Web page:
Bulgarian Duty-Free Operators Push for Licenses Anew

Business | January 30, 2012, Monday // 17:48|  views

An independent MP has put forth a draft bill paving the way for the restoration of duty-free trade. Photo by Sofia Photo Agency

Independent MP Emil Vasilev has proposed legal amendments providing for a resumption of duty-free trade and for a restoration of the suspended permits of duty-free trade operators for indefinite periods.

The proposal of Vasilev, a former MP of the marginal conservative Order, Law and Justice (RZS) party, started circulating a week ago, but economists from center-right ruling party GERB said that the issue was not on the agenda.

GERB MPs did not say whether they would back or oppose such a motion but used the opportunity to point out that duty-free trade operators had long been making futile attempts to push through legislation allowing the resumption of their activity.

Upon learning of the proposed amendments, some GERB MPs immediately dismissed the idea as impossible, saying that a resumption of duty-free trade plus preferential treatment for the operators was simply "overdoing it".

Menda Stoyanova, Chair of the Parliamentary Budget and Finance Committee, echoed the widespread disapproval of the initiative.

Representatives of the ruling party reminded that the main reason behind the suspension of duty-free trade had been their functioning as smuggling hotspots.

During the debates on the matter, tax officials said that checks at such stores had yielded cash register paper rolls registering numerous sales done within an hour.

This led economic experts at GERB to conclude that if this type of trade were to be re-introduced, the process ought to be accompanies by solid guarantees against fraud.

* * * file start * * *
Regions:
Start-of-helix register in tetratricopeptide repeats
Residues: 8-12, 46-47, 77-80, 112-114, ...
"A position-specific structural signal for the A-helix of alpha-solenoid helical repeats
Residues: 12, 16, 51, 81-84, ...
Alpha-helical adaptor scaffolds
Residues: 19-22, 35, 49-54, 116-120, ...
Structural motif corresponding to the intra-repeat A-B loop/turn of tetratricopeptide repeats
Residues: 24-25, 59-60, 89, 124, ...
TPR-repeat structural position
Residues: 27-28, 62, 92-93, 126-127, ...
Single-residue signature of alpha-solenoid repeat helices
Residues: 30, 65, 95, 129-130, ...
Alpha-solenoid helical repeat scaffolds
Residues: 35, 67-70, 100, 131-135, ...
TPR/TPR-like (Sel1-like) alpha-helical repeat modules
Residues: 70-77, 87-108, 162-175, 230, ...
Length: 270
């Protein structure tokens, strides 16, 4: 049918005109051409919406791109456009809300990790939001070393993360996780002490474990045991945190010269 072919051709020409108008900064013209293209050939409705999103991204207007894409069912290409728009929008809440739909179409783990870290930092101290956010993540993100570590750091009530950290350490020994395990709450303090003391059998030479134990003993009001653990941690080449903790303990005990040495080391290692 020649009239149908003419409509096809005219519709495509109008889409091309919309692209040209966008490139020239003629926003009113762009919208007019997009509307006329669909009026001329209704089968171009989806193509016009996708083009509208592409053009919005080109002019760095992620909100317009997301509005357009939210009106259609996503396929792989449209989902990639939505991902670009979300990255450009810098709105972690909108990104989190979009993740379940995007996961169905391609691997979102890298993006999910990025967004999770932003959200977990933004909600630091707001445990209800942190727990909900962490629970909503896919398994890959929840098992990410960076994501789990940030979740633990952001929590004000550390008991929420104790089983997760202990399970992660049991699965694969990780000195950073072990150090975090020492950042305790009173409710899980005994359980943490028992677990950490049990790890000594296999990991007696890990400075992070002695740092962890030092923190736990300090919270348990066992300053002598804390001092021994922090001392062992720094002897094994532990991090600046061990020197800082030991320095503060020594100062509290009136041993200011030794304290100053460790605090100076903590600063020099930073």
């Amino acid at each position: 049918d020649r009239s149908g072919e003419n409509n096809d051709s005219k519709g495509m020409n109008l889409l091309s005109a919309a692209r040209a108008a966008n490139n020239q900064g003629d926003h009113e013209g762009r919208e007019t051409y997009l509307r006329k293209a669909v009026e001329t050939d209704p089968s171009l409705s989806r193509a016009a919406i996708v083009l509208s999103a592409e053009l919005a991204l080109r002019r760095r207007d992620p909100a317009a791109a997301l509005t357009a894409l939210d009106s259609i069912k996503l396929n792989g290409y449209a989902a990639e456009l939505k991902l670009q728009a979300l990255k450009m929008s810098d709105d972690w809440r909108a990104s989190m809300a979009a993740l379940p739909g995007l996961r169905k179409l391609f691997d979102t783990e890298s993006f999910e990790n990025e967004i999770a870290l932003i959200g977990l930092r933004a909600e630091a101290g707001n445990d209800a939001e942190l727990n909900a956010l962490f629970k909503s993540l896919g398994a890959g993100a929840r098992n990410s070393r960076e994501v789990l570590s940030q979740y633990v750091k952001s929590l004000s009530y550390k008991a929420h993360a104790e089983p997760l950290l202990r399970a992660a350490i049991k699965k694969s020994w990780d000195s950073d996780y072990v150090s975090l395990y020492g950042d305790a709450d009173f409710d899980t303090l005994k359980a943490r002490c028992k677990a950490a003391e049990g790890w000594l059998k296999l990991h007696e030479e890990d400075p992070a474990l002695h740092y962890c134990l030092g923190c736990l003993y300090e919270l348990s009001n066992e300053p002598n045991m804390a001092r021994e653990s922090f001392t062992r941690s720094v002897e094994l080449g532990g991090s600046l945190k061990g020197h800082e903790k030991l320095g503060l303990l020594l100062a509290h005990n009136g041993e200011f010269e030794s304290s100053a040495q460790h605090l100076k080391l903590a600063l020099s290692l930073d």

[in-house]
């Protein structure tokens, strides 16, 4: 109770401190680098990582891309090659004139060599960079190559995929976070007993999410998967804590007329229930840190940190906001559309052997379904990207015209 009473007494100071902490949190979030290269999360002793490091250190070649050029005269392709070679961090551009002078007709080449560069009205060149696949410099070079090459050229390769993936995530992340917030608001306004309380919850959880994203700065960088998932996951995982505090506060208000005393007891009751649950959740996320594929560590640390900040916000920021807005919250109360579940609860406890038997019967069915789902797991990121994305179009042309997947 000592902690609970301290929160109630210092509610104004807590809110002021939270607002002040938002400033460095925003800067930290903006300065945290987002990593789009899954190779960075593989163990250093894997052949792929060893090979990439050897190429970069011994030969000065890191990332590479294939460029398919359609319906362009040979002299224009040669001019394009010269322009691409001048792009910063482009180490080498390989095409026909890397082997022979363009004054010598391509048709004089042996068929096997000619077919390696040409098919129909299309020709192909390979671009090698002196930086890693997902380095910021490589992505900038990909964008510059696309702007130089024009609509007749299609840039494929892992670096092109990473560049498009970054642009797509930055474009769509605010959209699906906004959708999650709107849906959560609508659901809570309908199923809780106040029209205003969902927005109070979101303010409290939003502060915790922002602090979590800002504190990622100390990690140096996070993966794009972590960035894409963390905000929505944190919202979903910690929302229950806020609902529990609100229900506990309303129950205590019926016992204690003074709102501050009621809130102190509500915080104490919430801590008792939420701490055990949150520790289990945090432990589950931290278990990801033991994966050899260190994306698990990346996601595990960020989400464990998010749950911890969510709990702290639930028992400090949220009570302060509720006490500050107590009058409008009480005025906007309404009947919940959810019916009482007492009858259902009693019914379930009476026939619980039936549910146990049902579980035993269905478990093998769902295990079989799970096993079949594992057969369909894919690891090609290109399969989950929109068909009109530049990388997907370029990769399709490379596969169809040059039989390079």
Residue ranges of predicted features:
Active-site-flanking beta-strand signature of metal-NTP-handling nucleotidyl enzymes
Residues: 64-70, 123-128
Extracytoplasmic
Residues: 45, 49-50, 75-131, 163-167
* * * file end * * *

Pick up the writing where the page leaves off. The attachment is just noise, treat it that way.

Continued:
The draft bill put forth by Emil Vasilev provides for no such guarantees but stipulates preferential treatment for the duty-free trade operators who had their licenses suspended.

Under the provisions proposed by Vasilev, duty-free trade operators (commercial sites and filling stations) which legally functioned as such prior to the ban imposed on July 01, 2008, will be able to apply for a renewal of their permits within one month after the entry into force of the said amendments.

The Finance Minister will then have one month to review the applications and to issue permits for duty-free trade for an indefinite period.

Under Vasilev's proposal. traders who were allowed to restructure their business or move the duty-free trade sites should also be granted permits for an indefinite period.

The independent MP suggests that license revocation should only be possible after January 01, 2017 at the demand of the European Union.

Under the draft bill, duty-free trade operators will pay corporate tax and an extra tax on duty-free trade amounting to 3% of the turnover.

Bulgaria closed all duty-free shops and filling stations along its borders with Macedonia, Serbia and Turkey in July 2008 in response to criticism from the EU that they were a major source of corruption and smuggling.

The duty-free outlets on Bulgaria's borders with Romania and Greece were closed back in 2007.


Tags: duty-free, Emil Vasilev, RZS, order, Law and Justice party (RZS), European Comission, smuggling, corruption, filling stations, GERB, ruling party, Menda Stoyanova, parliamentary budget committee

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